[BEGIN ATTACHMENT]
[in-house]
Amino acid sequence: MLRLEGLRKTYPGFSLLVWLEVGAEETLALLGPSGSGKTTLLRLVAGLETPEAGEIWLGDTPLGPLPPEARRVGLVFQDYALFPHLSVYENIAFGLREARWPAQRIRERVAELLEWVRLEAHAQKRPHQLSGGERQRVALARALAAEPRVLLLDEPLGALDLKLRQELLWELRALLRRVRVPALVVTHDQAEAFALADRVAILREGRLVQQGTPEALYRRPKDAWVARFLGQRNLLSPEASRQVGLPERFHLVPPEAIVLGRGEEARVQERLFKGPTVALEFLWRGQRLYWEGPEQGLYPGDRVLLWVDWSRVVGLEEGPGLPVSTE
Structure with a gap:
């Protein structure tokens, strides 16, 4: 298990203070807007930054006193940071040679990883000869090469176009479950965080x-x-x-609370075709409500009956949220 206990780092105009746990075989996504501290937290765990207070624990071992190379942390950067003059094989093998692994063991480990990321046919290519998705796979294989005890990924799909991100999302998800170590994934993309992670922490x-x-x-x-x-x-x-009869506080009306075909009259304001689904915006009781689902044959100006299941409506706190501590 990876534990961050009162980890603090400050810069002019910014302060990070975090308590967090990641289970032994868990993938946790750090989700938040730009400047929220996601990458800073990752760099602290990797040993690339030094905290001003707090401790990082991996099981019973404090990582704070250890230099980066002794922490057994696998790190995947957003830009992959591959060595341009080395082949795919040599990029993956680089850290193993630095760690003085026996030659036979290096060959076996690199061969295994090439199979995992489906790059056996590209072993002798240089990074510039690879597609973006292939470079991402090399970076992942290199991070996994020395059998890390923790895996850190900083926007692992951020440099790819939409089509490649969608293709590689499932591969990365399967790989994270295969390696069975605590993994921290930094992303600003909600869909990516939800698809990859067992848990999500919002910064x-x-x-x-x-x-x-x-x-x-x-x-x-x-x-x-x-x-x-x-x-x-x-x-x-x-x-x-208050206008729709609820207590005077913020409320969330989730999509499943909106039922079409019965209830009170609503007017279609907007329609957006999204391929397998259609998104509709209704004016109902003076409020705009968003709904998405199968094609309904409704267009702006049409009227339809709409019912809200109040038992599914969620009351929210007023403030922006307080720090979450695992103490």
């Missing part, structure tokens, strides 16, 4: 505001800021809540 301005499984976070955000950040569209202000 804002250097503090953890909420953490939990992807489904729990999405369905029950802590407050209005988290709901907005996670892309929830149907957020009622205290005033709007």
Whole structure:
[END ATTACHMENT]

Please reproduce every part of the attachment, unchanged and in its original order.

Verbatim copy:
[in-house]
Amino acid sequence: MLRLEGLRKTYPGFSLLVWLEVGAEETLALLGPSGSGKTTLLRLVAGLETPEAGEIWLGDTPLGPLPPEARRVGLVFQDYALFPHLSVYENIAFGLREARWPAQRIRERVAELLEWVRLEAHAQKRPHQLSGGERQRVALARALAAEPRVLLLDEPLGALDLKLRQELLWELRALLRRVRVPALVVTHDQAEAFALADRVAILREGRLVQQGTPEALYRRPKDAWVARFLGQRNLLSPEASRQVGLPERFHLVPPEAIVLGRGEEARVQERLFKGPTVALEFLWRGQRLYWEGPEQGLYPGDRVLLWVDWSRVVGLEEGPGLPVSTE
Structure with a gap:
């Protein structure tokens, strides 16, 4: 298990203070807007930054006193940071040679990883000869090469176009479950965080x-x-x-609370075709409500009956949220 206990780092105009746990075989996504501290937290765990207070624990071992190379942390950067003059094989093998692994063991480990990321046919290519998705796979294989005890990924799909991100999302998800170590994934993309992670922490x-x-x-x-x-x-x-009869506080009306075909009259304001689904915006009781689902044959100006299941409506706190501590 990876534990961050009162980890603090400050810069002019910014302060990070975090308590967090990641289970032994868990993938946790750090989700938040730009400047929220996601990458800073990752760099602290990797040993690339030094905290001003707090401790990082991996099981019973404090990582704070250890230099980066002794922490057994696998790190995947957003830009992959591959060595341009080395082949795919040599990029993956680089850290193993630095760690003085026996030659036979290096060959076996690199061969295994090439199979995992489906790059056996590209072993002798240089990074510039690879597609973006292939470079991402090399970076992942290199991070996994020395059998890390923790895996850190900083926007692992951020440099790819939409089509490649969608293709590689499932591969990365399967790989994270295969390696069975605590993994921290930094992303600003909600869909990516939800698809990859067992848990999500919002910064x-x-x-x-x-x-x-x-x-x-x-x-x-x-x-x-x-x-x-x-x-x-x-x-x-x-x-x-208050206008729709609820207590005077913020409320969330989730999509499943909106039922079409019965209830009170609503007017279609907007329609957006999204391929397998259609998104509709209704004016109902003076409020705009968003709904998405199968094609309904409704267009702006049409009227339809709409019912809200109040038992599914969620009351929210007023403030922006307080720090979450695992103490």
């Missing part, structure tokens, strides 16, 4: 505001800021809540 301005499984976070955000950040569209202000 804002250097503090953890909420953490939990992807489904729990999405369905029950802590407050209005988290709901907005996670892309929830149907957020009622205290005033709007």
Whole structure: